The Malik Report
by George Malik on 06/09/11 at 06:26 AM ET
If you weren’t already aware of the KHL’s status as a de-facto political entity—its president, SKA St. Petersburg GM Alexander Medvedev, happens to be the deputy chairman of the board of Gazprom, the world’s largest natural gas provider, and Gazprom Export, the KHL’s biggest sponsor, is controlled by the Russian government. Add into the fact that Vladimir Putin, Russia’s prime minister, is from St. Petersburg and brought many of his pals from the St. Petersburg KGB along to Moscow, including former chairman of Gapzrom’s board and current president Dmitry Medvedev, and that Putin happens to be a big hockey fan, and sprinkle in the fact that the old Soviet sport bureau chiefs still play a big role in the Russian oligarchs’ big boys’ toys that are KHL franchises, and you’ve got a political entity that happens to exist as a sports league.
If that’s too convoluted for you, per Sports.ru’s Artem Zyryanov, Putin spoke to his official blog, “Epicenter,” about the KHL, stating that the league was his creation, and was and is designed to be a counterweight to and direct competitor of the NHL. What follows is a rough translation of four points from a 20-questions style interview:
On Creation: I’ll reveal a tremendous secret: I have not only supported the it, but I also initiated and created the KHL. Because it seemed to me that after a the standoff—in a good sense of the word—between North American and Soviet hockey, ice hockey had [become a sport] that was lost, lost visually and lost in terms of interest. The World Championships are still interesting, and so in principle, I tried to “spot” what was coming. It’s interesting, of course, to see how our players play in the NHL, but I don’t know…May God grant them good health, I’m very proud of htem. But there’s something that was missing, and when there’s something missing, there’s grain to work with.
The plans: I would like the KHL to, in general, become a pan-European hockey league that’s expanded its borders into Sweden, the Czech Republic, Slovakia, in Switzerland—wherever there are good teams. And so it would become a full-fledged hockey league on the European continent. Without any of our political and administrative domination[...] in fact, it’s only a matter of money. And if this can be done, then I think that the hockey world can be reborn. And interest in it will increase many times over.
About the foes from the NHL: If the NHL takes all the best players, like a vacuum cleaner, sucking them into itself, then the NHL, maybe it’s interesting to watch, but in the rest of the world, remaining interest in hockey would be wasted. Of course it’s, perhaps curious, that Slovakia sees that their athletes are playing well in the NHL. Yes, the game’s well-played. But we all want to see that our own teams are good in Russia, and that Slovakia has its own [players], and the Czech Republic has their own, and Finland their own, in Sweden and Germany, their own—and that’s the only way to raise the level of hockey in the world.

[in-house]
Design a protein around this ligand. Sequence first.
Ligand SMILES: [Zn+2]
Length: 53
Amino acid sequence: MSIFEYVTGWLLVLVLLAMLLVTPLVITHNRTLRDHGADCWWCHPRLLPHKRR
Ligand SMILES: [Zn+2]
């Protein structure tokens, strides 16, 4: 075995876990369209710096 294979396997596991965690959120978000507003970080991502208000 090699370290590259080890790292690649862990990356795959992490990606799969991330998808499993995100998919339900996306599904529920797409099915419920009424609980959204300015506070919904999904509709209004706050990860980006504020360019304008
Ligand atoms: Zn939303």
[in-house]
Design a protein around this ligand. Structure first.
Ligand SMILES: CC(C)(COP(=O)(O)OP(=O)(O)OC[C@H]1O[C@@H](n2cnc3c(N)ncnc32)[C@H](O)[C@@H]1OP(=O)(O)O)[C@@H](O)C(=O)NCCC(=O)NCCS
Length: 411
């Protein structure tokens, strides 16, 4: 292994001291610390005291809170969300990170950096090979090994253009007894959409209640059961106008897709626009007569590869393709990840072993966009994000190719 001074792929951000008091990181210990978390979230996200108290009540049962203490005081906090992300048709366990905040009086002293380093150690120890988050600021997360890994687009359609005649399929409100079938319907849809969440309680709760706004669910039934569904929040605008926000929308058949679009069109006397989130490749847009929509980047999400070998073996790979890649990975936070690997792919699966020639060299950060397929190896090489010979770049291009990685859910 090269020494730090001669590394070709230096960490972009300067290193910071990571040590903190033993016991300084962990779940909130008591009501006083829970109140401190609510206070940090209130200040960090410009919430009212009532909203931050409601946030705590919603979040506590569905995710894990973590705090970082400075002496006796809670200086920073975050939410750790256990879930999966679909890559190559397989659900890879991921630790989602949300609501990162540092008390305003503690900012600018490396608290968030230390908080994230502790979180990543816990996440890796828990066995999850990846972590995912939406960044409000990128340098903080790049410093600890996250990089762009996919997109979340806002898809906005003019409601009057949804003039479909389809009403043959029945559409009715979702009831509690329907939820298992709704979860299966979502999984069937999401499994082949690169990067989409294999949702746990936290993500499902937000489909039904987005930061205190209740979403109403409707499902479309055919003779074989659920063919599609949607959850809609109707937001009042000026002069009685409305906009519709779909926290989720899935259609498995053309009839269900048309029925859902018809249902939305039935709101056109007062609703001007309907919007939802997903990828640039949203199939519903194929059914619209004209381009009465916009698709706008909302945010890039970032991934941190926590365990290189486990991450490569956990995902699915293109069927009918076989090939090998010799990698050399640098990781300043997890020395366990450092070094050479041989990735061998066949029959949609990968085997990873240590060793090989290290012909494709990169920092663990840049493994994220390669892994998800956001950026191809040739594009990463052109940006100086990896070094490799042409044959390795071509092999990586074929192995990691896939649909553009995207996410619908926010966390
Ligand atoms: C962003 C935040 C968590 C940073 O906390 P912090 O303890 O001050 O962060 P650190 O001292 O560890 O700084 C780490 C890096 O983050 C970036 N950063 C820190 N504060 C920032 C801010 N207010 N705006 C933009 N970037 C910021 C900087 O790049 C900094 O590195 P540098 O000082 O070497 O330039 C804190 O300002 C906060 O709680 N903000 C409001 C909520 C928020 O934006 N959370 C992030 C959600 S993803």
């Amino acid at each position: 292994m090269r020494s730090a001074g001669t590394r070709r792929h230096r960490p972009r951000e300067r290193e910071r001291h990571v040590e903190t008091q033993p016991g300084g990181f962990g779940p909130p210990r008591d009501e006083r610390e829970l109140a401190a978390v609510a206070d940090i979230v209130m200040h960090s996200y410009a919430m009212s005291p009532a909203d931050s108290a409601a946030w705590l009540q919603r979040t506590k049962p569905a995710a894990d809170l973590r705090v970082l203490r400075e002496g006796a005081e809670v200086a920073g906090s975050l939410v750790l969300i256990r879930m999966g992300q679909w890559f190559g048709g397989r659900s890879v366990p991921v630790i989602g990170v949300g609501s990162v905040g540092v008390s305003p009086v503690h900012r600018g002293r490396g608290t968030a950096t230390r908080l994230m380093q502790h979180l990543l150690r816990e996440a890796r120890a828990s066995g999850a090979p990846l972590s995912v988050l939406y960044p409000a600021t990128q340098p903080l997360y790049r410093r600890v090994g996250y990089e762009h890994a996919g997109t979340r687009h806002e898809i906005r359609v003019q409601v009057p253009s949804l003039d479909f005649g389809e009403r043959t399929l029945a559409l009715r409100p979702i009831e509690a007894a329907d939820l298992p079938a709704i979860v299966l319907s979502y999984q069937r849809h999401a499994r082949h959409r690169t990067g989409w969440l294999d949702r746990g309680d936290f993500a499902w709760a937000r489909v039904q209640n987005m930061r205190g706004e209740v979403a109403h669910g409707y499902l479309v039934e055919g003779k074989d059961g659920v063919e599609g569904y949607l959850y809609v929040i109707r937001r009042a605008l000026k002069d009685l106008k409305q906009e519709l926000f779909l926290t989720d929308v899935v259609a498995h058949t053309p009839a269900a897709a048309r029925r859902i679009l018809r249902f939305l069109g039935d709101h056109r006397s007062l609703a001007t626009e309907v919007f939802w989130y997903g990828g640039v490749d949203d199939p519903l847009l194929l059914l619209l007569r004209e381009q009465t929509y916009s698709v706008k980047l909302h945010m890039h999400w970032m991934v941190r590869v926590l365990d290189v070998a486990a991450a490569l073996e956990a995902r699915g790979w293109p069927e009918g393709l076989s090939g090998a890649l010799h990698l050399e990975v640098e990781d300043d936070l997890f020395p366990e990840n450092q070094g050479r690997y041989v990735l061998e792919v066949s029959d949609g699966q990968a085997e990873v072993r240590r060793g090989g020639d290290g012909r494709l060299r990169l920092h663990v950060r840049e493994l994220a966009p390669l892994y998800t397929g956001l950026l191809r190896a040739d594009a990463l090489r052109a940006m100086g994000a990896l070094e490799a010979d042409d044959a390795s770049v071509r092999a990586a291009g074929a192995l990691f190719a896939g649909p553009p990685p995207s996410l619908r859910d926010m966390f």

Principles: We can’t encourage KHL teams that are underfunded, unfortunately, because we need them to get to a certain level—high, so that you can pay proper salaries to players—that aren’t worse than the NHL has achieved, and so on. This requires, of course, money. But I think it would be better for everyone. You know, I proposed this project, but I don’t want it to be purely Russian. I want it to be a shared project that was created in Europe to establish a continental model, a league that can fight and compete on equal footing with the NHL. I will repeat myself: I’m sure that this can only benefit worldwide hockey.
About support: The KHL isn’t just a sports project. This project allows us to seriously think about restoring a single humanitarian space in former Soviet territory, because it will unite people from former Soviet republics to come together on the basis of common interest in hockey. And in the Soviet Union, hockey was very popular.
Now you know why Igor Larionov wasn’t willing to become the general manager of the Russian hockey team for the 2014 Olympics, and why the KHL will find a way to stack its roster to win when the 2016 World Championships are held in St. Petersburg and Moscow. The orders come from the very top, and failure is not acceptable.
And if it’s a little bit worrisome to hear an incredibly powerful man talk about building a Warsaw Pact of professional hockey, gobbling up other European professional leagues’ teams, even taking into account the fact that the NHL is equally merciless, the concept’s worrisome because Putin’s proposal is indeed a scary proposition.
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The Malik Report is a destination for all things Red Wings-related. I offer biased, perhaps unprofessional-at-times and verbose coverage of my favorite team, their prospects and developmental affiliates. I've joined the Kukla's Korner family with five years of blogging under my belt, and I hope you'll find almost everything you need to follow your Red Wings at a place where all opinions are created equal and we're all friends, talking about hockey and the team we love to follow.